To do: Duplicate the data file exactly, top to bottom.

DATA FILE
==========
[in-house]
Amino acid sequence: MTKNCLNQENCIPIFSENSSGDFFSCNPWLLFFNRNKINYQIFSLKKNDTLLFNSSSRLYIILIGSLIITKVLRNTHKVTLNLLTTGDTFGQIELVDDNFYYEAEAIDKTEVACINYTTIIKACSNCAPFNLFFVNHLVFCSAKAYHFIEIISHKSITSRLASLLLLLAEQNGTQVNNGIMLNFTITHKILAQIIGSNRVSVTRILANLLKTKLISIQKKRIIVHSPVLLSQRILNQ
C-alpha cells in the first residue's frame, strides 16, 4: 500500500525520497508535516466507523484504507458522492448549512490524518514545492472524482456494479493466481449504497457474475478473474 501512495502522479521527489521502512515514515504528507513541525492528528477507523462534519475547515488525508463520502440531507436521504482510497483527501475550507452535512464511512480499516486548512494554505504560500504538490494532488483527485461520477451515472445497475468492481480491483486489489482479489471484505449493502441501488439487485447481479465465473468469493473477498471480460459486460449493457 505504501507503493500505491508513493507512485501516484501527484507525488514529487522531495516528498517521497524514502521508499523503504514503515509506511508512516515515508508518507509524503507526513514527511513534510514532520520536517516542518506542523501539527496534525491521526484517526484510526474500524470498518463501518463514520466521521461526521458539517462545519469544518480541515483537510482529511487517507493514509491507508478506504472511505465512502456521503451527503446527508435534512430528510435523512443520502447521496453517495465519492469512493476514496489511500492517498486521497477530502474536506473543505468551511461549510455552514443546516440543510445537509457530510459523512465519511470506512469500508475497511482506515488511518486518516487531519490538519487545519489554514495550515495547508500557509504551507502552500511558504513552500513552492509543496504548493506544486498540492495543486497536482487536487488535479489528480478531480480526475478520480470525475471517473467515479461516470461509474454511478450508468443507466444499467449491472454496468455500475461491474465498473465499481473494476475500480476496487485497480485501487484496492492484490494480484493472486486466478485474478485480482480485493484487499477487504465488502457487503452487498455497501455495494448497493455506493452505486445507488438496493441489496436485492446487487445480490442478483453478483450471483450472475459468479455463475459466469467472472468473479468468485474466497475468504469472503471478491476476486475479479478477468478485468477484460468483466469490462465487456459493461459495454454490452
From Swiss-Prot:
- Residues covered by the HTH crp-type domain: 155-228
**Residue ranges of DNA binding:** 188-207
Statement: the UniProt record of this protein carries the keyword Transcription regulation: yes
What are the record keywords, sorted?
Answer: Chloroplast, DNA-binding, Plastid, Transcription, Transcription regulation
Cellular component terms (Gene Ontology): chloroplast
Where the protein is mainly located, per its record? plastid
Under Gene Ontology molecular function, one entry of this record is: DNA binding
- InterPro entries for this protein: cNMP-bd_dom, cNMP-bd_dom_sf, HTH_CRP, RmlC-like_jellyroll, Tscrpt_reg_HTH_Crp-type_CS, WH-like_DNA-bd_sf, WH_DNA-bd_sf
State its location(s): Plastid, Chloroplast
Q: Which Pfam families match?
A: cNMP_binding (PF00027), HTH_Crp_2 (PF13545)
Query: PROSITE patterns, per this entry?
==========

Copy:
[in-house]
Amino acid sequence: MTKNCLNQENCIPIFSENSSGDFFSCNPWLLFFNRNKINYQIFSLKKNDTLLFNSSSRLYIILIGSLIITKVLRNTHKVTLNLLTTGDTFGQIELVDDNFYYEAEAIDKTEVACINYTTIIKACSNCAPFNLFFVNHLVFCSAKAYHFIEIISHKSITSRLASLLLLLAEQNGTQVNNGIMLNFTITHKILAQIIGSNRVSVTRILANLLKTKLISIQKKRIIVHSPVLLSQRILNQ
C-alpha cells in the first residue's frame, strides 16, 4: 500500500525520497508535516466507523484504507458522492448549512490524518514545492472524482456494479493466481449504497457474475478473474 501512495502522479521527489521502512515514515504528507513541525492528528477507523462534519475547515488525508463520502440531507436521504482510497483527501475550507452535512464511512480499516486548512494554505504560500504538490494532488483527485461520477451515472445497475468492481480491483486489489482479489471484505449493502441501488439487485447481479465465473468469493473477498471480460459486460449493457 505504501507503493500505491508513493507512485501516484501527484507525488514529487522531495516528498517521497524514502521508499523503504514503515509506511508512516515515508508518507509524503507526513514527511513534510514532520520536517516542518506542523501539527496534525491521526484517526484510526474500524470498518463501518463514520466521521461526521458539517462545519469544518480541515483537510482529511487517507493514509491507508478506504472511505465512502456521503451527503446527508435534512430528510435523512443520502447521496453517495465519492469512493476514496489511500492517498486521497477530502474536506473543505468551511461549510455552514443546516440543510445537509457530510459523512465519511470506512469500508475497511482506515488511518486518516487531519490538519487545519489554514495550515495547508500557509504551507502552500511558504513552500513552492509543496504548493506544486498540492495543486497536482487536487488535479489528480478531480480526475478520480470525475471517473467515479461516470461509474454511478450508468443507466444499467449491472454496468455500475461491474465498473465499481473494476475500480476496487485497480485501487484496492492484490494480484493472486486466478485474478485480482480485493484487499477487504465488502457487503452487498455497501455495494448497493455506493452505486445507488438496493441489496436485492446487487445480490442478483453478483450471483450472475459468479455463475459466469467472472468473479468468485474466497475468504469472503471478491476476486475479479478477468478485468477484460468483466469490462465487456459493461459495454454490452
From Swiss-Prot:
- Residues covered by the HTH crp-type domain: 155-228
**Residue ranges of DNA binding:** 188-207
Statement: the UniProt record of this protein carries the keyword Transcription regulation: yes
What are the record keywords, sorted?
Answer: Chloroplast, DNA-binding, Plastid, Transcription, Transcription regulation
Cellular component terms (Gene Ontology): chloroplast
Where the protein is mainly located, per its record? plastid
Under Gene Ontology molecular function, one entry of this record is: DNA binding
- InterPro entries for this protein: cNMP-bd_dom, cNMP-bd_dom_sf, HTH_CRP, RmlC-like_jellyroll, Tscrpt_reg_HTH_Crp-type_CS, WH-like_DNA-bd_sf, WH_DNA-bd_sf
State its location(s): Plastid, Chloroplast
Q: Which Pfam families match?
A: cNMP_binding (PF00027), HTH_Crp_2 (PF13545)
Query: PROSITE patterns, per this entry?